Oil... and U.S. Support for Al-Qaida
“There is a moral imperative to try to stop the onslaught against the Syrian population,” urges President Obama’s former Middle East adviser Dennis Ross. “But there is also a strong U.S. national security imperative.”
Oil — at least the West Texas Intermediate variety — hasn’t poked above $100 a barrel in nearly 12 months. But events in the Middle East have propelled it from below $88 a week ago to $93.19 this morning.
“A familiar coalition of liberal hawks and Middle East hands is now pushing the president toward intervention in Syria,” says the Financial Times. The push got stronger last week when the White House said the U.S. spooks had “varying degrees of confidence” that the Syrian government of Bashar al-Assad had used chemical weapons and thus crossed the administration’s “red line.”
But wait: “New questions have emerged over the source of the soil and other samples from Syria which, it is claimed, have tested positive for the nerve agent sarin,” reports the U.K. Observer.
Eyewitness reports of one attack described “white smoke” coming from shells that smelled like hydrochloric acid. Except sarin is colorless and mostly odorless.
Of course, events 10 years ago proved that disputed claims over “weapons of mass destruction” aren’t enough to stop U.S. regime change in the Middle East. “I think it’s important for the administration to look for ways to up the military pressure on Assad,” says an undeterred Sen. Carl Levin, chairman of the Armed Services Committee.
Then there’s the question of the rebels — neatly encapsulated in this bumper sticker from LibertyStickers.com…
The full quotation, to CBS’ 60 Minutes last year, went like this: “We know al-Qaida [leader Ayman al-] Zawahiri is supporting the opposition in Syria. Are we supporting al-Qaida in Syria? Hamas is now supporting the opposition. Are we supporting Hamas in Syria?”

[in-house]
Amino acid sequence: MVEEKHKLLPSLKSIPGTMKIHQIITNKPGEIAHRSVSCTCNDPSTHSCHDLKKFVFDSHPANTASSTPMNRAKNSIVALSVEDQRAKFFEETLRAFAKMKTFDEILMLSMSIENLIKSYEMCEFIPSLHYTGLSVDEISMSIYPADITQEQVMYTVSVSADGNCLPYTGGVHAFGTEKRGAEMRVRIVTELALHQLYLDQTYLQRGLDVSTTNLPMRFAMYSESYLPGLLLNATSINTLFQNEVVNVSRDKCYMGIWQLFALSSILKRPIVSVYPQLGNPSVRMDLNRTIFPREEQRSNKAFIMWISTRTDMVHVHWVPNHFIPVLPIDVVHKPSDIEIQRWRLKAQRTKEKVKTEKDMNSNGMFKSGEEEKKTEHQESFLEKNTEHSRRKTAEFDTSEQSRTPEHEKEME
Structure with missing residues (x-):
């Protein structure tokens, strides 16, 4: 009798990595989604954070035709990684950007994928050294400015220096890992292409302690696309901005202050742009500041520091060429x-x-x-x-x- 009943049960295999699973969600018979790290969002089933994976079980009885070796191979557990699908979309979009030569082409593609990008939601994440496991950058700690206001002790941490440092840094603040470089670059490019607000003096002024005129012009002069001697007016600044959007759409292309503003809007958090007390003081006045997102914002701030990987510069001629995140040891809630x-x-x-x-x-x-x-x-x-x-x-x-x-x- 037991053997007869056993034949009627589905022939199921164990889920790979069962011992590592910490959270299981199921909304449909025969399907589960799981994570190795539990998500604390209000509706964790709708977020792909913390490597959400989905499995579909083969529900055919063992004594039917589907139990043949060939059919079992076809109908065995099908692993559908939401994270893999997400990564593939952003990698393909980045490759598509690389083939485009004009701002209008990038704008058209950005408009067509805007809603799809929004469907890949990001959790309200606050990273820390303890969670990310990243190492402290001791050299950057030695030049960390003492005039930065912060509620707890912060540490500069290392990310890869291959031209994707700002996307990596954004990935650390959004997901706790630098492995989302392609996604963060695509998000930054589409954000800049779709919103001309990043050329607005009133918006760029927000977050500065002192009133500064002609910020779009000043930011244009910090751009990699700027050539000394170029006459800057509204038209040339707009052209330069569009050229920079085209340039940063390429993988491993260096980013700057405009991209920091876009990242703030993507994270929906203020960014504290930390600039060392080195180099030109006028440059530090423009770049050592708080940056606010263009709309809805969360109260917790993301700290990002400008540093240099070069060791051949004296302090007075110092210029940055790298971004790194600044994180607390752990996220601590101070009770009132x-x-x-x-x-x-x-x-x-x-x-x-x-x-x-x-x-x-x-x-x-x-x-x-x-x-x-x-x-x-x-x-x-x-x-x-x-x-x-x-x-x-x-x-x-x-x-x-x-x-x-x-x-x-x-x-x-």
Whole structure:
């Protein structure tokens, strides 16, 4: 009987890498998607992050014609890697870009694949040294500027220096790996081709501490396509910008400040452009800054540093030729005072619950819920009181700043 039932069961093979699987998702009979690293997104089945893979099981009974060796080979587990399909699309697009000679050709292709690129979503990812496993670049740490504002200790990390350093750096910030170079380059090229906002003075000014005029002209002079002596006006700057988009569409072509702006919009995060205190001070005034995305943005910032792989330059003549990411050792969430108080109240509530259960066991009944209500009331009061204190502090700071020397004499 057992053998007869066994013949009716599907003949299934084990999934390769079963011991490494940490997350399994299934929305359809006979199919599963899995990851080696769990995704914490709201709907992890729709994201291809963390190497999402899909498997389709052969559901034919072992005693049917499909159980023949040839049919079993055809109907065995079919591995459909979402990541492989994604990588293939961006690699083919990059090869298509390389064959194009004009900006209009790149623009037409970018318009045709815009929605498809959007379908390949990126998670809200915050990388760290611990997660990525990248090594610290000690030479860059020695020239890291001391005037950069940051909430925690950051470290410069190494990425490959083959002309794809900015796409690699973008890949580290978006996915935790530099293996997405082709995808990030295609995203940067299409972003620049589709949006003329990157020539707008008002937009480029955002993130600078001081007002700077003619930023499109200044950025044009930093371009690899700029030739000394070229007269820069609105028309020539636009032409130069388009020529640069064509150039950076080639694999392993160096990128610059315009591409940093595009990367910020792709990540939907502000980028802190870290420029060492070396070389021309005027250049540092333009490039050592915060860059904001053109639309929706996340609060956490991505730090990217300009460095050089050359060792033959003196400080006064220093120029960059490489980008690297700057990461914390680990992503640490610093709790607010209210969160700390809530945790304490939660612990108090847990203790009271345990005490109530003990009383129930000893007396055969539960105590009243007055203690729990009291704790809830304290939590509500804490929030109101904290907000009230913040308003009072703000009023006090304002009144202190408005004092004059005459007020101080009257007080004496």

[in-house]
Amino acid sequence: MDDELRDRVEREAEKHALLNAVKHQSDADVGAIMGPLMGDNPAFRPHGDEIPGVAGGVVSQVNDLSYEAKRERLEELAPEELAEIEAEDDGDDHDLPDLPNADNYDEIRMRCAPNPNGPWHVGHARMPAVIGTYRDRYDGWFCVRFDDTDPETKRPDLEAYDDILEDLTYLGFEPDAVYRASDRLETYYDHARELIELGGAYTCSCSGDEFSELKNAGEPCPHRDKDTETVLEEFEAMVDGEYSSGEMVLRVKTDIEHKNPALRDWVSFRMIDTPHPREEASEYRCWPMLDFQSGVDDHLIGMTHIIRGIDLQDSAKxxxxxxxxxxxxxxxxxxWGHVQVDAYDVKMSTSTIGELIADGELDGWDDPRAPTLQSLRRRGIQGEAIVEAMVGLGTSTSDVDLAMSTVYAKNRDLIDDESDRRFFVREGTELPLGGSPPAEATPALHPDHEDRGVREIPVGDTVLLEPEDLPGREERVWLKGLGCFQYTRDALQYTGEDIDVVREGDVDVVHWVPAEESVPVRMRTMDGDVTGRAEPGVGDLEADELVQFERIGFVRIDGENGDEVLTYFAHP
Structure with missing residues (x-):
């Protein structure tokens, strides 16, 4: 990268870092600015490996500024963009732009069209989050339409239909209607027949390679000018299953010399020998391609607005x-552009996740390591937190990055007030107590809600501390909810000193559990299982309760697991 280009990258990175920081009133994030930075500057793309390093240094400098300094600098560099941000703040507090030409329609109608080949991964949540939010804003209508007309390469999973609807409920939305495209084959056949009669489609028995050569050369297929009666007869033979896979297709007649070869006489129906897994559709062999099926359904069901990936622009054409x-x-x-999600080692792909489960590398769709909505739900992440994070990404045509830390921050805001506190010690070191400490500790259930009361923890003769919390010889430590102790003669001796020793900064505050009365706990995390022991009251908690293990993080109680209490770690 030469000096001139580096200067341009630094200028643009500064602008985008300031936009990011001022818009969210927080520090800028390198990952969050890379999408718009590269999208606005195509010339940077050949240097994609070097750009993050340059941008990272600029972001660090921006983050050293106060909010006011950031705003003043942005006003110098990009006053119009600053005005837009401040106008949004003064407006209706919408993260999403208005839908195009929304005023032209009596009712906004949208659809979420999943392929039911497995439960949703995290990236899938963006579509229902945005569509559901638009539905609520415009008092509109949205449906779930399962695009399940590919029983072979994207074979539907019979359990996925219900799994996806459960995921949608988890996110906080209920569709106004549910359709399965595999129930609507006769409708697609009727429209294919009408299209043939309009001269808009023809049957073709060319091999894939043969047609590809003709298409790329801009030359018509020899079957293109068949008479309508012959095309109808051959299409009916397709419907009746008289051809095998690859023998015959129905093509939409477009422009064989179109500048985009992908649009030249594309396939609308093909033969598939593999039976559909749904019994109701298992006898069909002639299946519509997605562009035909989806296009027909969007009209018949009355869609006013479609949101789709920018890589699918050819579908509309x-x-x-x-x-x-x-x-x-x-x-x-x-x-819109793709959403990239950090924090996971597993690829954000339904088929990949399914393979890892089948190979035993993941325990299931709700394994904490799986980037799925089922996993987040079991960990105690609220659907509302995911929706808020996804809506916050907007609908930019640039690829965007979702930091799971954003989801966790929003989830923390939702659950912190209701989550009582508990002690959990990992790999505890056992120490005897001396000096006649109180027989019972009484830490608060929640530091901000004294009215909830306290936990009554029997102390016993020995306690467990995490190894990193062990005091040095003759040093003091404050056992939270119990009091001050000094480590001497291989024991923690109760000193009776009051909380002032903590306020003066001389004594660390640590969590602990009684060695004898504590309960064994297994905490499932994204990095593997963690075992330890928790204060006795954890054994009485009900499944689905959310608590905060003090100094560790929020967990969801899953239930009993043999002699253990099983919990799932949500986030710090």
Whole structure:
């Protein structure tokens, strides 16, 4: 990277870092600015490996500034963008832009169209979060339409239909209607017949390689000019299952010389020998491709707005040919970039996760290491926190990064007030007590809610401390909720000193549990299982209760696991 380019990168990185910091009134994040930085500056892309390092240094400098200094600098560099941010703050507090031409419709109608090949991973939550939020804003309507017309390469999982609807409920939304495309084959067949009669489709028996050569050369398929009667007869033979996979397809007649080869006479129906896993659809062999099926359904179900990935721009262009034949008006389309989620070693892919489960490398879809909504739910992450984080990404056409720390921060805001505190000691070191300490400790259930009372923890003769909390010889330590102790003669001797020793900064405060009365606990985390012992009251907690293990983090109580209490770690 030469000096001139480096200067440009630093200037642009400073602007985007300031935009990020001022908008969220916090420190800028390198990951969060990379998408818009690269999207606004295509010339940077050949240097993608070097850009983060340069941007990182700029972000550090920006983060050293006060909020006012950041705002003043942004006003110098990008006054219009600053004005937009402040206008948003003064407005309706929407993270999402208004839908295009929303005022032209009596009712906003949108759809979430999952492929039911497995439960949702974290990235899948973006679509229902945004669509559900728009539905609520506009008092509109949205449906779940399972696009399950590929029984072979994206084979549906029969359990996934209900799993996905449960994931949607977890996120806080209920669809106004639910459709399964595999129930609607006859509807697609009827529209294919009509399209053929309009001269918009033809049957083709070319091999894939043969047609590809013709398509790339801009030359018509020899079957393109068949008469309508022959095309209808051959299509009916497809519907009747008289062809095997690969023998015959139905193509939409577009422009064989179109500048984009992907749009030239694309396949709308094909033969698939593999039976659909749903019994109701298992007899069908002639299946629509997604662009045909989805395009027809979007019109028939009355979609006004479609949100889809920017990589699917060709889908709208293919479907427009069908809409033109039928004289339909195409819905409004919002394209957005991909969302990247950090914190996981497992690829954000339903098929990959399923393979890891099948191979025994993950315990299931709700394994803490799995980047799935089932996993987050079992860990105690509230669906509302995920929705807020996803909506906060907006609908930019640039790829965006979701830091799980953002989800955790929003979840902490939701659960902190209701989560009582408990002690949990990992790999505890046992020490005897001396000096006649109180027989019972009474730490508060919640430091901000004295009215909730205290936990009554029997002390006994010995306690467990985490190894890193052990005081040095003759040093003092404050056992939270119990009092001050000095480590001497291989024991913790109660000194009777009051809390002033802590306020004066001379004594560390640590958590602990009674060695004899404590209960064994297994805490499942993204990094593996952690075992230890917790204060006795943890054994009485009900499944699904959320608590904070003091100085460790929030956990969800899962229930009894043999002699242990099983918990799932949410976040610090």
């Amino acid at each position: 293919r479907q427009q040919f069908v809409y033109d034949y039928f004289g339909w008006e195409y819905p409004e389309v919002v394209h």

The question is, if anything, more relevant now than it was when Mrs. Clinton uttered it more than a year ago. “Nowhere in rebel-controlled Syria is there a secular fighting force to speak of,” said a New York Times dispatch from the war zone last weekend.
Of course, in the minds of some politicians, this fact makes the case for U.S. intervention even more urgent: “We’ve gotten to the point now where the opposition has been affected by the radicals,” says Sen. Lindsey Graham (R-S.C.) “I think we can arm the right people with the right weapons.”
As Addison wrote with Bill Bonner in Empire of Debt, the empire has a logic all its own.
Then again, maybe support for al-Qaida types has been the plan all along, even before Obama came on the scene.
“To undermine Iran, which is predominantly Shiite, the Bush Administration has decided, in effect, to reconfigure its priorities in the Middle East,” wrote The New Yorker’s Seymour Hersh in 2007. That is, the U.S. began to egg on the 1,354-year-old conflict between Shiite and Sunni Islam. Divide and rule.
“In Lebanon,” wrote Hersh, “the administration has cooperated with Saudi Arabia’s government, which is Sunni, in clandestine operations that are intended to weaken Hezbollah, the Shiite organization that is backed by Iran. The U.S. has also taken part in clandestine operations aimed at Iran and its ally Syria. A byproduct of these activities has been the bolstering of Sunni extremist groups that espouse a militant vision of Islam and are hostile to America and sympathetic to al-Qaida.”
Fast-forward six years: The Obama White House is working openly with the Sunni governments of Saudi Arabia and Qatar — which are funneling the money and weapons to the Sunni rebels in Syria trying to take down Assad and his Shiite brethren.